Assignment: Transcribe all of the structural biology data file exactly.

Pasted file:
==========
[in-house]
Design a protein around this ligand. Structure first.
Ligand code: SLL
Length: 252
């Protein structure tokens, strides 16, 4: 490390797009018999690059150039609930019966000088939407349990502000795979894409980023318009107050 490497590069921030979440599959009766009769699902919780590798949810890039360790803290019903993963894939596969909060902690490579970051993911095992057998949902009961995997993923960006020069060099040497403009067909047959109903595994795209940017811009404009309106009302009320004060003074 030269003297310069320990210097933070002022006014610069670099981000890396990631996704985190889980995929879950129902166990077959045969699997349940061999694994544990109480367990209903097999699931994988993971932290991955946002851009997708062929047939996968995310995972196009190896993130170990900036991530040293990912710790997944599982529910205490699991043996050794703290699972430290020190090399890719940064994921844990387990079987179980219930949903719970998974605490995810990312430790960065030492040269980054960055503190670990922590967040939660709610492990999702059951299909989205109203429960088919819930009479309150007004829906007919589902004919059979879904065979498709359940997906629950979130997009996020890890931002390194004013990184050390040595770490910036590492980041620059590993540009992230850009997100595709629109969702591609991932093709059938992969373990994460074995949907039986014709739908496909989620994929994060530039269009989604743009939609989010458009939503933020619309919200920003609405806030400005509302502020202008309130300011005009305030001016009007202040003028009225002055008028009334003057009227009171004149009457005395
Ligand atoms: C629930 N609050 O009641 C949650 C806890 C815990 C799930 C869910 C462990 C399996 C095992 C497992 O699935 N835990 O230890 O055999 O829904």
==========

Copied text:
[in-house]
Design a protein around this ligand. Structure first.
Ligand code: SLL
Length: 252
């Protein structure tokens, strides 16, 4: 490390797009018999690059150039609930019966000088939407349990502000795979894409980023318009107050 490497590069921030979440599959009766009769699902919780590798949810890039360790803290019903993963894939596969909060902690490579970051993911095992057998949902009961995997993923960006020069060099040497403009067909047959109903595994795209940017811009404009309106009302009320004060003074 030269003297310069320990210097933070002022006014610069670099981000890396990631996704985190889980995929879950129902166990077959045969699997349940061999694994544990109480367990209903097999699931994988993971932290991955946002851009997708062929047939996968995310995972196009190896993130170990900036991530040293990912710790997944599982529910205490699991043996050794703290699972430290020190090399890719940064994921844990387990079987179980219930949903719970998974605490995810990312430790960065030492040269980054960055503190670990922590967040939660709610492990999702059951299909989205109203429960088919819930009479309150007004829906007919589902004919059979879904065979498709359940997906629950979130997009996020890890931002390194004013990184050390040595770490910036590492980041620059590993540009992230850009997100595709629109969702591609991932093709059938992969373990994460074995949907039986014709739908496909989620994929994060530039269009989604743009939609989010458009939503933020619309919200920003609405806030400005509302502020202008309130300011005009305030001016009007202040003028009225002055008028009334003057009227009171004149009457005395
Ligand atoms: C629930 N609050 O009641 C949650 C806890 C815990 C799930 C869910 C462990 C399996 C095992 C497992 O699935 N835990 O230890 O055999 O829904």